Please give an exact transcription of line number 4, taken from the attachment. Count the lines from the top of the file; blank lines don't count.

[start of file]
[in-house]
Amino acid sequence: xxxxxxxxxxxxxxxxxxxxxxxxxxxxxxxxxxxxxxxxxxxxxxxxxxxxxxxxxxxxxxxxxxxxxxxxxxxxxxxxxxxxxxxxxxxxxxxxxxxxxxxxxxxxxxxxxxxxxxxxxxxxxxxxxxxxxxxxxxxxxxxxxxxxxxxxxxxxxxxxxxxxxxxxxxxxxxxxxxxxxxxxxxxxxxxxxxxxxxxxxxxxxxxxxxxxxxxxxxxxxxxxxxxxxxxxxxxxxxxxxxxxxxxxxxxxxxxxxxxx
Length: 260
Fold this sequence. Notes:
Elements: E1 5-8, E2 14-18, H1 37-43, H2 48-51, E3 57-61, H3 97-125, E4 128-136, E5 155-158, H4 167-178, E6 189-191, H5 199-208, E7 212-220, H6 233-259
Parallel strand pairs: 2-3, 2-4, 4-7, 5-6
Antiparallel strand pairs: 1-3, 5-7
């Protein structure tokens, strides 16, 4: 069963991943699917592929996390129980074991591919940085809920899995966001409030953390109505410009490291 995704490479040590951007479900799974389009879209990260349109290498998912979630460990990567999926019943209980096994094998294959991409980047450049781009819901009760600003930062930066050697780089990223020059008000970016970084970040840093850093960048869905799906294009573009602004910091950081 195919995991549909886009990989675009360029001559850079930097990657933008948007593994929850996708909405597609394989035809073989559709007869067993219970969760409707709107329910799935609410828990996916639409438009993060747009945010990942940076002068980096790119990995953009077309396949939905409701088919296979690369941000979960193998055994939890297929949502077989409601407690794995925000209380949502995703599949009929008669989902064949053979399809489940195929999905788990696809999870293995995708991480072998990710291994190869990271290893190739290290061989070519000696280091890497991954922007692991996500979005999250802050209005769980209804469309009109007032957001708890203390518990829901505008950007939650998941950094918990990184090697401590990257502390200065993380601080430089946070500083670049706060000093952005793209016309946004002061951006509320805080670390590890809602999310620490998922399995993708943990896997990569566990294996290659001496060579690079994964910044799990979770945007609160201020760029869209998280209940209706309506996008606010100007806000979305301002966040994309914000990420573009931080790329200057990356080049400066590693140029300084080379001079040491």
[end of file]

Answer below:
Fold this sequence. Notes: